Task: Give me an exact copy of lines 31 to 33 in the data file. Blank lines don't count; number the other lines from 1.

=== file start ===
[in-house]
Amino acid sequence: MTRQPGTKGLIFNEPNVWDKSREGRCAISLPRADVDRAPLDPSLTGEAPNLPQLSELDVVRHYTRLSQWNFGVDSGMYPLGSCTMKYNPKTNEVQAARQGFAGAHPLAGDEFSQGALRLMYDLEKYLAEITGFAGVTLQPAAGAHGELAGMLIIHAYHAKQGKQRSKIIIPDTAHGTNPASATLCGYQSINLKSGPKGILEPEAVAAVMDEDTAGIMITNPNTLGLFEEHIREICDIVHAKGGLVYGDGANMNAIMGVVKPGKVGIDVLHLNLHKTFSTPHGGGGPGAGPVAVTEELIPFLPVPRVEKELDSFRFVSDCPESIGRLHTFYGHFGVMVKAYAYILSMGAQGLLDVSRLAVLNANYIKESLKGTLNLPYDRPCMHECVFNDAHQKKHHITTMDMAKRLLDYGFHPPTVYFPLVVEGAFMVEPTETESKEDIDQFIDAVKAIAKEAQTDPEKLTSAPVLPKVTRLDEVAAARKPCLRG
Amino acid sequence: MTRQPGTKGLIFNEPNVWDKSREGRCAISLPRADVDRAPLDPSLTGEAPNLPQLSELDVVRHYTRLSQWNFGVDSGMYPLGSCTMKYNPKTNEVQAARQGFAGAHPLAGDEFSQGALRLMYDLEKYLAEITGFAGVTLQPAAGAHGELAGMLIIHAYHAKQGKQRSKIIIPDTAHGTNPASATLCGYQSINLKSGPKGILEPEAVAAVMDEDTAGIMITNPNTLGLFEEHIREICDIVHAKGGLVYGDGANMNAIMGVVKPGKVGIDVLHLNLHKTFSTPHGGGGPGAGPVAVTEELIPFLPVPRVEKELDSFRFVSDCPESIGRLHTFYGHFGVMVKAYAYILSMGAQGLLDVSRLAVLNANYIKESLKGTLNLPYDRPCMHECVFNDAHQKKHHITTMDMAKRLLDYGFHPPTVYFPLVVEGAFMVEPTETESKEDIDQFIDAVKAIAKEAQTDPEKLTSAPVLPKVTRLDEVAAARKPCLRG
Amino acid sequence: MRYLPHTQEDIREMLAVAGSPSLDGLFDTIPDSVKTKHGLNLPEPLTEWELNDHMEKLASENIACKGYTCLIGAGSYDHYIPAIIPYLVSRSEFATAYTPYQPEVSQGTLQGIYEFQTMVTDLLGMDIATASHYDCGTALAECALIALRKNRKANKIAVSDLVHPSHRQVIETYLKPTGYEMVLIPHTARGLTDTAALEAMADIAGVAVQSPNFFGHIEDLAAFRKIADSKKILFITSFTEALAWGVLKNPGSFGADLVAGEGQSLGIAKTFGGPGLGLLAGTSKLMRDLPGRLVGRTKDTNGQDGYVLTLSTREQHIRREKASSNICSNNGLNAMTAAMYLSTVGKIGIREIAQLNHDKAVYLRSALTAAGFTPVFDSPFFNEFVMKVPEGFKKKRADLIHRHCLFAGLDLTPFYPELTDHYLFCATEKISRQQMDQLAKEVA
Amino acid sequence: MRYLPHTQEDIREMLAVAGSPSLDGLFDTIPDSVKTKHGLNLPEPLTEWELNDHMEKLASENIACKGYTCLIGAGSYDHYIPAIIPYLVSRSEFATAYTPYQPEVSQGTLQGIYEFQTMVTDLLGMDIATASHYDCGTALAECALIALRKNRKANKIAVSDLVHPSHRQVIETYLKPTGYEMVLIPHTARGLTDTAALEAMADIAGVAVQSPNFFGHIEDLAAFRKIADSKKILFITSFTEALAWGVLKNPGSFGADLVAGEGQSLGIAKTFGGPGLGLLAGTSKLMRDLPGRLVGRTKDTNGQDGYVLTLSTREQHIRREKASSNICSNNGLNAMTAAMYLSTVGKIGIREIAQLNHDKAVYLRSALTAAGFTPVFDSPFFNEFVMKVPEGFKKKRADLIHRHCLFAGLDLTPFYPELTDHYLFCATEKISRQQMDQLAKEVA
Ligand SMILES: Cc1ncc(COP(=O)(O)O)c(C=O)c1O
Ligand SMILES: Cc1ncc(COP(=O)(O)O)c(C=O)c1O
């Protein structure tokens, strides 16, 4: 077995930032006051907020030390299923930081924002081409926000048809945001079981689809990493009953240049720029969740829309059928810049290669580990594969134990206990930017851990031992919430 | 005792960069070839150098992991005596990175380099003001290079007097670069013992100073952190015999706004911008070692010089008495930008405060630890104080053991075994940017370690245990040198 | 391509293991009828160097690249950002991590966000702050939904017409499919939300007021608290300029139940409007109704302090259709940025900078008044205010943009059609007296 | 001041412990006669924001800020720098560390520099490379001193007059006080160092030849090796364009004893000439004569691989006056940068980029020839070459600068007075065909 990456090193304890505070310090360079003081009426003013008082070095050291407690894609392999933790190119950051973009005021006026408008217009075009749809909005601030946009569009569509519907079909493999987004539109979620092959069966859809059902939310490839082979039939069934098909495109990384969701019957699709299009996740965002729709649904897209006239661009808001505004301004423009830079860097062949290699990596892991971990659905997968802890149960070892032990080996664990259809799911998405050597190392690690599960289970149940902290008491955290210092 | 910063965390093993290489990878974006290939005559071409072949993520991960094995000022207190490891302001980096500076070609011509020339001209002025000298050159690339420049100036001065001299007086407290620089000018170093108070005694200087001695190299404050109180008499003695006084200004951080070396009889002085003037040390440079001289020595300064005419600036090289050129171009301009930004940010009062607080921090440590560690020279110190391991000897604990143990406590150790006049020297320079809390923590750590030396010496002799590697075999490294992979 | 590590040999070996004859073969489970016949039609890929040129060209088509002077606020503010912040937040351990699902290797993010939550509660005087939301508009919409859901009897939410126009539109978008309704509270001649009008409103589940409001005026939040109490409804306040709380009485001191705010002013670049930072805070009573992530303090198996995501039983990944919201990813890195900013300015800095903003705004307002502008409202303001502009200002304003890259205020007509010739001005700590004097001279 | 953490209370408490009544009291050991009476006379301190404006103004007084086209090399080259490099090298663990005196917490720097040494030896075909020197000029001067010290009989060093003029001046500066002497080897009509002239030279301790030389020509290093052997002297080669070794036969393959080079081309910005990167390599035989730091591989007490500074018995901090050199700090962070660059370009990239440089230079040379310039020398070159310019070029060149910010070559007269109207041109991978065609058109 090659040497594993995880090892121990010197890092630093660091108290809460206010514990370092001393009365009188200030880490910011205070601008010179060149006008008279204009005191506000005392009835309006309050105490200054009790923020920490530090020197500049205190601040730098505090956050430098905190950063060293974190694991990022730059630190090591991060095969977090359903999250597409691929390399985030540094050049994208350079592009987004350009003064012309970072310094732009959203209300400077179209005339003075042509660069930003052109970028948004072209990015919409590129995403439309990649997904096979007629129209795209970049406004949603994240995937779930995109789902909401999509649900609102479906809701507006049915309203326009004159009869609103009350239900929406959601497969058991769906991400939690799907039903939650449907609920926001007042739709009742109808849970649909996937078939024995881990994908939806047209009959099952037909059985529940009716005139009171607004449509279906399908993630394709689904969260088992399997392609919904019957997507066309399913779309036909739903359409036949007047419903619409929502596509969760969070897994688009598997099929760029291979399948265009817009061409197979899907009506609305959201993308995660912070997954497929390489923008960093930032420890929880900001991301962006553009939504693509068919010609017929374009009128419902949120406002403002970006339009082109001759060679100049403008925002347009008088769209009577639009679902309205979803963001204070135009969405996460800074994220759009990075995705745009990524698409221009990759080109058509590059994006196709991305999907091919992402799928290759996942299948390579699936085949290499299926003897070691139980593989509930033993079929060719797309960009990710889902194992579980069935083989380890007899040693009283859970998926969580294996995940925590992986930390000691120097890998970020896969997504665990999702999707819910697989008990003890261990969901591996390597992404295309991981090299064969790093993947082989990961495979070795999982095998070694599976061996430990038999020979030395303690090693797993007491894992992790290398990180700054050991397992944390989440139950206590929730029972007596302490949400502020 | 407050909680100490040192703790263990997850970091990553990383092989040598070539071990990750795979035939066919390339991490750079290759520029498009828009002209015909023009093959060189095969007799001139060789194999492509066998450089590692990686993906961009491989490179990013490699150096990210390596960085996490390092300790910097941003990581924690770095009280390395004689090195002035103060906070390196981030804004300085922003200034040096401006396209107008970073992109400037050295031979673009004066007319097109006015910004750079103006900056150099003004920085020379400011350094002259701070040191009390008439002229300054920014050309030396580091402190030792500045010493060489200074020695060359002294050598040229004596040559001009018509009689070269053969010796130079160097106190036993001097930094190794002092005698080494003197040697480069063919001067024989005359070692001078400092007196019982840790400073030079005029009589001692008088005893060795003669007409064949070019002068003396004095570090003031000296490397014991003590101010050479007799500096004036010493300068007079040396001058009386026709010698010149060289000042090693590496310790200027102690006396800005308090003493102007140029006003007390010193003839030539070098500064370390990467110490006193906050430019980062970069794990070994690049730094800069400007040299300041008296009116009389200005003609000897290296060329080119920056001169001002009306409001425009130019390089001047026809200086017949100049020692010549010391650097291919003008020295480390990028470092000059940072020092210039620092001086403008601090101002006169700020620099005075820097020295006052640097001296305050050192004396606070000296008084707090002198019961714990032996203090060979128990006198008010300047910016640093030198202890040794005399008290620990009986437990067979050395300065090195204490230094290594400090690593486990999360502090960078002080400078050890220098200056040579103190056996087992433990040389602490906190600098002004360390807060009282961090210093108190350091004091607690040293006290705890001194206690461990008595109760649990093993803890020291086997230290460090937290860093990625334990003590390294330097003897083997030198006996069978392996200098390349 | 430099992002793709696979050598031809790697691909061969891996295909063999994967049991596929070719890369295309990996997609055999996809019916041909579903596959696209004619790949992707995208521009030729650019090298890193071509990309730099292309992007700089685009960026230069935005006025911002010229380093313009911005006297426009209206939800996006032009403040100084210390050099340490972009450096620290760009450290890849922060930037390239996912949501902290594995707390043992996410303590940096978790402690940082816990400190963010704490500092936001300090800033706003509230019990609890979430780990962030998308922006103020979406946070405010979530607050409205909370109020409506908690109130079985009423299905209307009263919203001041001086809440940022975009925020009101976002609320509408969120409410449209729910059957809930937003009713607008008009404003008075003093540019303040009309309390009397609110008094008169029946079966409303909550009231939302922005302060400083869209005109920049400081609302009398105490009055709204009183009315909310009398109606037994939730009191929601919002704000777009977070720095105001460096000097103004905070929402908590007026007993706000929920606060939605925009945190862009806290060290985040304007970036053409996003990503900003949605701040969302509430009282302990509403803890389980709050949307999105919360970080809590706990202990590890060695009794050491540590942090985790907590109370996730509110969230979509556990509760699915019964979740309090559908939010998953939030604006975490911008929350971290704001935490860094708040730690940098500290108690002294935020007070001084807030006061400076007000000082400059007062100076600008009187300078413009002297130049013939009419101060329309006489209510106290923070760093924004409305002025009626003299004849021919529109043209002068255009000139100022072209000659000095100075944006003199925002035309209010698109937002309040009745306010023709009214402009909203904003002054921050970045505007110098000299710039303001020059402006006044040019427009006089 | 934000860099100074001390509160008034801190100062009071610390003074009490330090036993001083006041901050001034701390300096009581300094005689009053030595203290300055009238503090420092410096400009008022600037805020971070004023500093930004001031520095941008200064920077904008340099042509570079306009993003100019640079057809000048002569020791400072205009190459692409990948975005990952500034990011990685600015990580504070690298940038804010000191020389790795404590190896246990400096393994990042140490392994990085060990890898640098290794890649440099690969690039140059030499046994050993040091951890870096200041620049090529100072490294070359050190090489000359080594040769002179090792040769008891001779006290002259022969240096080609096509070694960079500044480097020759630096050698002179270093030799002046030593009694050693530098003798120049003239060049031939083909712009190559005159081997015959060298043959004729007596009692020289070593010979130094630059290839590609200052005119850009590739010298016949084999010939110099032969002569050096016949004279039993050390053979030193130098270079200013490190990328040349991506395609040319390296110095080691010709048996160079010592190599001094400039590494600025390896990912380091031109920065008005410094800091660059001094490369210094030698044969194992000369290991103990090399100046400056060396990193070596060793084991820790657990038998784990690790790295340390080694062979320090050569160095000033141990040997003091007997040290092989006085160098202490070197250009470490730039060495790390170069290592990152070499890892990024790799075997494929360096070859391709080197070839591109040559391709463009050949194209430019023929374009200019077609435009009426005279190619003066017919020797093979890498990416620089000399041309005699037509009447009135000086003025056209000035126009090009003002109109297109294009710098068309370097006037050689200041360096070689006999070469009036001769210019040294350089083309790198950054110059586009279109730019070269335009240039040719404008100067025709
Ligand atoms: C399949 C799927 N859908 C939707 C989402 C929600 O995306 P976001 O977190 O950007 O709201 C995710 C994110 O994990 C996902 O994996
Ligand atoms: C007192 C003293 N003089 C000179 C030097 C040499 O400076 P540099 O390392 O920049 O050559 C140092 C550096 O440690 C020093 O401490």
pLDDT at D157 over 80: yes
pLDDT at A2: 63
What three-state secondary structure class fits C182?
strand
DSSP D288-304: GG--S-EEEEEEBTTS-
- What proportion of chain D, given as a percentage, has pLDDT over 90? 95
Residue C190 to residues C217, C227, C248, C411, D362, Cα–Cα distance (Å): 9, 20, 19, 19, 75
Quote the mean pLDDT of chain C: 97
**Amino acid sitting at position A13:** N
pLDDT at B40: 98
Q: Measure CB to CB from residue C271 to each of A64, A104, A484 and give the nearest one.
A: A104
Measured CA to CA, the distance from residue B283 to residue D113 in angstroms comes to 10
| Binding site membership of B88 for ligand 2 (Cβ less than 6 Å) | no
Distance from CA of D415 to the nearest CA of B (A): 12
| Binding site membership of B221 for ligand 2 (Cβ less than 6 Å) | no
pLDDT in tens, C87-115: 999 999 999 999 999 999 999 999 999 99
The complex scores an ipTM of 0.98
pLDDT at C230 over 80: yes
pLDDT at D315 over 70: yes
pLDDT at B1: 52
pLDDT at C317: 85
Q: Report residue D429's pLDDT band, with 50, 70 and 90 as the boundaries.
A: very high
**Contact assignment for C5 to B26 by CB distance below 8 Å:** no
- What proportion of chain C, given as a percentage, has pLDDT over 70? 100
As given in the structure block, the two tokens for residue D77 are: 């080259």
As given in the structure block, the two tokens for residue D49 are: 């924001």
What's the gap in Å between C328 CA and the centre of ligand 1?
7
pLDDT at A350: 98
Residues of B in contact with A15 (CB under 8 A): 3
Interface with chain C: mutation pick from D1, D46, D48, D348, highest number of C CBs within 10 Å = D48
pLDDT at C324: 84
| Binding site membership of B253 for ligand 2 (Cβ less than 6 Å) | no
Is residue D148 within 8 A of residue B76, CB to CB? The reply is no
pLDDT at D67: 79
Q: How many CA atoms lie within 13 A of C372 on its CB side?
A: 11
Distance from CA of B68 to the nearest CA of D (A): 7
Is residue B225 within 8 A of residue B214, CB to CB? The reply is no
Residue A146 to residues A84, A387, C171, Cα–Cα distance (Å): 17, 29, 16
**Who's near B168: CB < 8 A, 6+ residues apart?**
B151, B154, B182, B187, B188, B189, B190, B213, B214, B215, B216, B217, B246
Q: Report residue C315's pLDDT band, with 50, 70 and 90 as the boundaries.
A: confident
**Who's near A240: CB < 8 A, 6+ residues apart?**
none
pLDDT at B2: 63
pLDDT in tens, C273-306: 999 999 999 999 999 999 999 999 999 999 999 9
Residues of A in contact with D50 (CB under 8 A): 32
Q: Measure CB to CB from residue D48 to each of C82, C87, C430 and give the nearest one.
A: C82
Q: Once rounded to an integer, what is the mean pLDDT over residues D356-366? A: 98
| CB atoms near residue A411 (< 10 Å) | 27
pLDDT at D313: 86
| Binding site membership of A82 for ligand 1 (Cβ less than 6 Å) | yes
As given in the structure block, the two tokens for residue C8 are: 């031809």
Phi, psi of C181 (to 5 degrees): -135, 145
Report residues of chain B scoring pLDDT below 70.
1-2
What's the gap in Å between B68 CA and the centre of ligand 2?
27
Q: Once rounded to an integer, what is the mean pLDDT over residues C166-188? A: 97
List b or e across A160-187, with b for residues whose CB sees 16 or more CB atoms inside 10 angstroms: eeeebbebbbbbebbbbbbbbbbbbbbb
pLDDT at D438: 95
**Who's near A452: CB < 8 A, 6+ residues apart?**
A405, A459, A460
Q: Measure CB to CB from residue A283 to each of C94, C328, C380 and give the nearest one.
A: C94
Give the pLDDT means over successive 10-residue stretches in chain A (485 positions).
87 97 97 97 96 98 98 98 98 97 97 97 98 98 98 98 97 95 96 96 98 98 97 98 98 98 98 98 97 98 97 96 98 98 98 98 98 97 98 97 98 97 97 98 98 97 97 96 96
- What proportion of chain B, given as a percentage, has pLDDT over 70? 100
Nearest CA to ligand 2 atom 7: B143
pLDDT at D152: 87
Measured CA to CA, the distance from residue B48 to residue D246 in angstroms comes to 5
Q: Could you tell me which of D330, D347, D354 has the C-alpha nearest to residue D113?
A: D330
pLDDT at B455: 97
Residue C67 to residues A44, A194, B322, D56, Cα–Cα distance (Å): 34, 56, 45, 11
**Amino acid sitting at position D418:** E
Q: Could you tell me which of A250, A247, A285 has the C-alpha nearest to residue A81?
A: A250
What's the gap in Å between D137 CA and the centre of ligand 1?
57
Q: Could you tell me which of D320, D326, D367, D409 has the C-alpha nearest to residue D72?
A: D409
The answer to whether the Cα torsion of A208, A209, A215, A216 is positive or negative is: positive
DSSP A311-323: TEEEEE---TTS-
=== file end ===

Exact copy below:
pLDDT at B1: 52
pLDDT at C317: 85
Q: Report residue D429's pLDDT band, with 50, 70 and 90 as the boundaries.